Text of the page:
In a high-performance engine, the gaskets and hardware are the soldiers on the front line of power production. Your $6,000 CNC-ported cylinder heads aren’t going to make enough power to pull a fat kid off a tricycle if the head gaskets can’t handle the pressure of combustion, and your high-dollar aluminum engine block is soon going to be ventilated if the connecting rod bolts decide to take a break (pardon the pun).
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Of course there’s no such thing as parts that are too good for your engine, but the fact is you can get away with budget bolts and gaskets for certain parts of your Rat motor, but the cylinder heads, rotating assembly, and valvetrain are not among them. Even if your intake manifold is happy with hardware store Grade-5 bolts, you are going to be happier with precision reduced-head or 12-point manifold bolts that are designed for proper tool clearance when it comes time to snug them down.
Cylinder Head Gaskets
Head gaskets are the most important gaskets in your engine; they have the responsibility of sealing very high combustion chamber pressures. Any leakage does not only reduce your power output, it also quickly leads to expensive damage to the head and/or block from the hot exhaust gases eroding away the deck surfaces with cutting-torch temperatures.
Other than proper gasket selection, the most important factor in achieving a good head gasket seal is that both the block and head deck surfaces be clean and flat. Standard specs call for no more than .0025 inch of warpage, and some gaskets require even less run-out. Additionally, some gaskets require a specific surface finish, or RA (roughness average), for a proper seal. This is especially critical with iron block/aluminum head combinations because of the different rates of expansion as the two dissimilar metals heat up.
There are three general types of head gaskets: solid metal (included embossed steel and dead-soft copper), composition, and multi-layered steel (MLS).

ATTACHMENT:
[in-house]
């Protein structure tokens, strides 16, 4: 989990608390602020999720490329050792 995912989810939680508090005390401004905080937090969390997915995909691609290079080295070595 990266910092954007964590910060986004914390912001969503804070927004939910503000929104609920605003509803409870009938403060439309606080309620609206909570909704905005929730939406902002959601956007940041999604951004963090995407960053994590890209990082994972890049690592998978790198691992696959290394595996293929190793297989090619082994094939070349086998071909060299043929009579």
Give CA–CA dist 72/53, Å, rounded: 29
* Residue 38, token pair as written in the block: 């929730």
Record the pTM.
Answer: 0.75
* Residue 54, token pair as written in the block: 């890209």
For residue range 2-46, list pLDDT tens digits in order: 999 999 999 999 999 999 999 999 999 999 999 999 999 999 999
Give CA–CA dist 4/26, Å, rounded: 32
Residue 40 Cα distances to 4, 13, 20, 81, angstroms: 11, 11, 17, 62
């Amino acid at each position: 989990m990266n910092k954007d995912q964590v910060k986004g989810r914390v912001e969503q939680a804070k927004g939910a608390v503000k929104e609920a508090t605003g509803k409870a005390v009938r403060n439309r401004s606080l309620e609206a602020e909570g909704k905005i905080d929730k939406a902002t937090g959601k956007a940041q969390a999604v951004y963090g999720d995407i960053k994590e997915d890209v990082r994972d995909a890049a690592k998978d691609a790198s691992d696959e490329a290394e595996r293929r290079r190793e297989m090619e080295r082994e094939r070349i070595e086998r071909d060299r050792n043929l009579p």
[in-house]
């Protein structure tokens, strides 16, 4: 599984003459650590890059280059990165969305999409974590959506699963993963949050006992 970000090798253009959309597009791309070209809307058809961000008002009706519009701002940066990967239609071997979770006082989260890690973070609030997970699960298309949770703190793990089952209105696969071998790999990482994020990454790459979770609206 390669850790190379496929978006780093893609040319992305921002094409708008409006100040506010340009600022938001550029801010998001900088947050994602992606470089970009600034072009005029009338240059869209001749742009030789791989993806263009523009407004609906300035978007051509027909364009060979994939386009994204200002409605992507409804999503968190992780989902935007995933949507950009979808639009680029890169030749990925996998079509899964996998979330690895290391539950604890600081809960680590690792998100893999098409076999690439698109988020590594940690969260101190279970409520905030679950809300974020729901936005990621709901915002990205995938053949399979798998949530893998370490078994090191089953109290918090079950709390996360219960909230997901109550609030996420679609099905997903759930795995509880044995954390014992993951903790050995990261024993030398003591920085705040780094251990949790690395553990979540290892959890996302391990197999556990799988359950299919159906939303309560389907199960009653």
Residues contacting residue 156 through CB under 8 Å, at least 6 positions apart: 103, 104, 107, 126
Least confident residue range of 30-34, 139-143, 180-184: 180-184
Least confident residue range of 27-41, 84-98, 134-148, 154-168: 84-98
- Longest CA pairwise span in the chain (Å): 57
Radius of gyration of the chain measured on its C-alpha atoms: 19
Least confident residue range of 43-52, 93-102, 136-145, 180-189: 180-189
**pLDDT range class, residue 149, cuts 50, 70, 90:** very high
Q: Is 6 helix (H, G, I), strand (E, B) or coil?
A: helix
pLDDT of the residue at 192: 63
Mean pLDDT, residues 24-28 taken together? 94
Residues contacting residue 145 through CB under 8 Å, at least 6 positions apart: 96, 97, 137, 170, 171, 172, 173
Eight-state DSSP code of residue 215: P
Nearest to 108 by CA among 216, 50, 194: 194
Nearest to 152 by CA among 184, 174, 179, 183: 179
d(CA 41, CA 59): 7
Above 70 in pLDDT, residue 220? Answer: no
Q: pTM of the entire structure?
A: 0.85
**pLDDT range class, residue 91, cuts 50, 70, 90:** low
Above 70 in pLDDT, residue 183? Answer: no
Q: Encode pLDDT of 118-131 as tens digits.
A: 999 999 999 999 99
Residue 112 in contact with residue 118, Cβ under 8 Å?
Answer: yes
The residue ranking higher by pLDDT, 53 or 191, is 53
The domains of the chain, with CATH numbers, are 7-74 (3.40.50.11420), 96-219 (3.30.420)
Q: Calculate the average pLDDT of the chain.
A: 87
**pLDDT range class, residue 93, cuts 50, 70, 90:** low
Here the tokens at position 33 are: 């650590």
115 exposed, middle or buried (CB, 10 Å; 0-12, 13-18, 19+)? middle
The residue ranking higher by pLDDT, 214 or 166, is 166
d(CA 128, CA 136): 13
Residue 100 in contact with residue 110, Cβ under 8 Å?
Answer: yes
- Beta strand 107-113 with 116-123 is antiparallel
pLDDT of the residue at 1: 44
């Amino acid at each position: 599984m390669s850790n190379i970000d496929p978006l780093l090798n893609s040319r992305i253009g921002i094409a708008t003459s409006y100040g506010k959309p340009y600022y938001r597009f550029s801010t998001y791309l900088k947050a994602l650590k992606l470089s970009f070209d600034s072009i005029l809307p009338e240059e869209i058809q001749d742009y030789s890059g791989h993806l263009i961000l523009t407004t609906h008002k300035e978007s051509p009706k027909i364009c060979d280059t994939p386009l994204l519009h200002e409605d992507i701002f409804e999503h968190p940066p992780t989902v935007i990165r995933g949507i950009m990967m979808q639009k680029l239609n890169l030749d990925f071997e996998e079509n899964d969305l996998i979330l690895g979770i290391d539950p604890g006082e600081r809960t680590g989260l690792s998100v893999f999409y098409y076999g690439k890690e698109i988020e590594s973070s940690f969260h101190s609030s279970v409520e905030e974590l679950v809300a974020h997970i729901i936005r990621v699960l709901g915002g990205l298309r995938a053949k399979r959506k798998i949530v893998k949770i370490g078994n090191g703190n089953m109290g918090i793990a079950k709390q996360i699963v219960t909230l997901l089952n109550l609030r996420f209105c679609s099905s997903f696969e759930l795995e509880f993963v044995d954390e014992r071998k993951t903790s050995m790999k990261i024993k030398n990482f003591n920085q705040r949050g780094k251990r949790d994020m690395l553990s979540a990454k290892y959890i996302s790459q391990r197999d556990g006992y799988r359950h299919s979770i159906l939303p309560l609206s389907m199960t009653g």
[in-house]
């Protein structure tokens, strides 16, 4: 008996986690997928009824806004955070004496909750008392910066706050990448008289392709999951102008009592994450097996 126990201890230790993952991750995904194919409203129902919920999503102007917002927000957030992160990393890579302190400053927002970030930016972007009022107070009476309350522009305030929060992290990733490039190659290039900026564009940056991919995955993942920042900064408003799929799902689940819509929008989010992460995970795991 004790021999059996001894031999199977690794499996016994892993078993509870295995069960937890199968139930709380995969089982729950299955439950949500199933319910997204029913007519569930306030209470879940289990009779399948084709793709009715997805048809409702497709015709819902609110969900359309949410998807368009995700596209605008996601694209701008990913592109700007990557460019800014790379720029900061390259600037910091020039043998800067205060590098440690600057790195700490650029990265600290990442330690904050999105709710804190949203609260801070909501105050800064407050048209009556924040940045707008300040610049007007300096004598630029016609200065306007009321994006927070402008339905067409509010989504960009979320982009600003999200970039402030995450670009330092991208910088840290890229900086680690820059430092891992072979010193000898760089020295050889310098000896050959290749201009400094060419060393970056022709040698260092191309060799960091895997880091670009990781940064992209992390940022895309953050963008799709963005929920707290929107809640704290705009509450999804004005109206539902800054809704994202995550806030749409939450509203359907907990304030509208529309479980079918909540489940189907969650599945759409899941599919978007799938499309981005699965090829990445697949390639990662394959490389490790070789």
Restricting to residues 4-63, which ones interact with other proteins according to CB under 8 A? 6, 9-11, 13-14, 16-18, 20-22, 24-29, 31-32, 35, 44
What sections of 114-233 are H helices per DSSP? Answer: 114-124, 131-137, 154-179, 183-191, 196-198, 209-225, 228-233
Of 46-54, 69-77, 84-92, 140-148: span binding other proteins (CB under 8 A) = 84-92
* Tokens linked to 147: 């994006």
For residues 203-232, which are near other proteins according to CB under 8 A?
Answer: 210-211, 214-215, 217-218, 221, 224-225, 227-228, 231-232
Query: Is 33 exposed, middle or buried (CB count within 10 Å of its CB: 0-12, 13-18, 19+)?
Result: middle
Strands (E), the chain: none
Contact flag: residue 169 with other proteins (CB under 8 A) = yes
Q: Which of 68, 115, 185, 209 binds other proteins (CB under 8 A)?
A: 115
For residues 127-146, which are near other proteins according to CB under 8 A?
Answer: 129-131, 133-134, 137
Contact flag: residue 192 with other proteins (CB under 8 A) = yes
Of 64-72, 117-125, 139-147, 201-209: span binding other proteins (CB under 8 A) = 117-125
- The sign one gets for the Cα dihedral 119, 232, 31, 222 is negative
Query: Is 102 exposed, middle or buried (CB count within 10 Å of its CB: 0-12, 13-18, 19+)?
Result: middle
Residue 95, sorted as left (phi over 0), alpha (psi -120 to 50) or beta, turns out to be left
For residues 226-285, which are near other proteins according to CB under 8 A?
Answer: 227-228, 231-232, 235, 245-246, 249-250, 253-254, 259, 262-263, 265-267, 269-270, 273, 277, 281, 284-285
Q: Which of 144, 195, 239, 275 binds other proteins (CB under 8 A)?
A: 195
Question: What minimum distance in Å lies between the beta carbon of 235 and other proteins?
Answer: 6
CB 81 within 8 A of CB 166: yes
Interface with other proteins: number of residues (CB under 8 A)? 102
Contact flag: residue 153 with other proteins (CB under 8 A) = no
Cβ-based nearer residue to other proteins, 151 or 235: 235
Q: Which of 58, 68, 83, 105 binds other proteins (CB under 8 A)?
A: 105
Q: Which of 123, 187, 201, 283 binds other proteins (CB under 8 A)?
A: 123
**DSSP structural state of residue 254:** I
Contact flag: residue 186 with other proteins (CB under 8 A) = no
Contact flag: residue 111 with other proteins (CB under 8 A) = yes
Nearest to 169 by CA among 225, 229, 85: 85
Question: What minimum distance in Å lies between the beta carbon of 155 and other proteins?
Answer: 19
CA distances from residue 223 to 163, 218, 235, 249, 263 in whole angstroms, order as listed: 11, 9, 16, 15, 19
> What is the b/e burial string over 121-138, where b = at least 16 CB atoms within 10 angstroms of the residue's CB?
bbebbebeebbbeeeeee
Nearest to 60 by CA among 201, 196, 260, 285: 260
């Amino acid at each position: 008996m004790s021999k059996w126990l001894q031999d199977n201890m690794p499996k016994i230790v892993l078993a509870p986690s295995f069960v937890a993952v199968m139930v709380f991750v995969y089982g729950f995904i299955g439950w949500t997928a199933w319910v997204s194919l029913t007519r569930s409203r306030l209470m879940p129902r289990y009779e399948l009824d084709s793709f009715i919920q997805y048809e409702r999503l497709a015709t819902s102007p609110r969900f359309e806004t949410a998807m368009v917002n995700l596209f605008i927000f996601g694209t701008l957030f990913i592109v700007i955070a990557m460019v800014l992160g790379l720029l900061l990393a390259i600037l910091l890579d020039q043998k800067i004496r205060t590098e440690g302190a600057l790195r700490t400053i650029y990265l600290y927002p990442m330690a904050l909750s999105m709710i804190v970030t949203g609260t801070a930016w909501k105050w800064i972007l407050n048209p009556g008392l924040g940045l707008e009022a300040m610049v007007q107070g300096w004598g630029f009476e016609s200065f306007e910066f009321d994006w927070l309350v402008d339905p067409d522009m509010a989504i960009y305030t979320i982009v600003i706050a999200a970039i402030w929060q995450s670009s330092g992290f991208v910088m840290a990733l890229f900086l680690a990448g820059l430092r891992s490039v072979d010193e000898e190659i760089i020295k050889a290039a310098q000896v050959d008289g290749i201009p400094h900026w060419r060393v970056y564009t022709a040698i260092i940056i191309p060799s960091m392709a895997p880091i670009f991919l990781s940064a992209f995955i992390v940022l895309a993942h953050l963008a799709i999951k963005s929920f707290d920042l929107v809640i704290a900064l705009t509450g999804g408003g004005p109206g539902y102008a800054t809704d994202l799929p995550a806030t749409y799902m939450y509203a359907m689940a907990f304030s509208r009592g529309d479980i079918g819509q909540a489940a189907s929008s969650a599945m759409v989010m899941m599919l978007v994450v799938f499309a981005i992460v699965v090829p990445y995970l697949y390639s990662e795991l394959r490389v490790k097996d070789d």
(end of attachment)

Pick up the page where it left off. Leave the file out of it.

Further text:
Embossed steel shim gaskets should only be used on cast-iron blocks with cast-iron heads. The best thing about steel shim gaskets is that they are thin, usually around .020 inch compared to the stock gasket’s thickness of about .040 inch, and represent a quick and easy way to increase the compression ratio on your street performance big-block. Depending on your combination of piston dome and combustion chamber size, this could amount to at least one-half point of compression increase, typically from 8.5:1 to about 9.2:1. Remember that this also reduces piston-to-valve clearance, so you need to recheck that if you are using a high-lift cam. Mr. Gasket still offers a .020-inch-thick elastomer-coated steelshim head gasket (PN 1131G) for Mark IV engines with bores up to 4.370 inches and iron heads.
Dead soft copper gaskets used to be the exclusive choice of Top Fuel and other extremely high-horsepower engines due to their robust construction, but they were hard to seal.
Things have improved today, and there are several specialty companies offering copper head gaskets with elastomer coatings that seal the water passages quite well, and some incorporate steel O-rings into the gasket itself, requiring no special machine work to the heads or block. With modern manufacturing techniques, they can be custom-made to fit whatever application you want. You can get them from Copper Head, Clark, Milodon, SCE, Hussey, and others.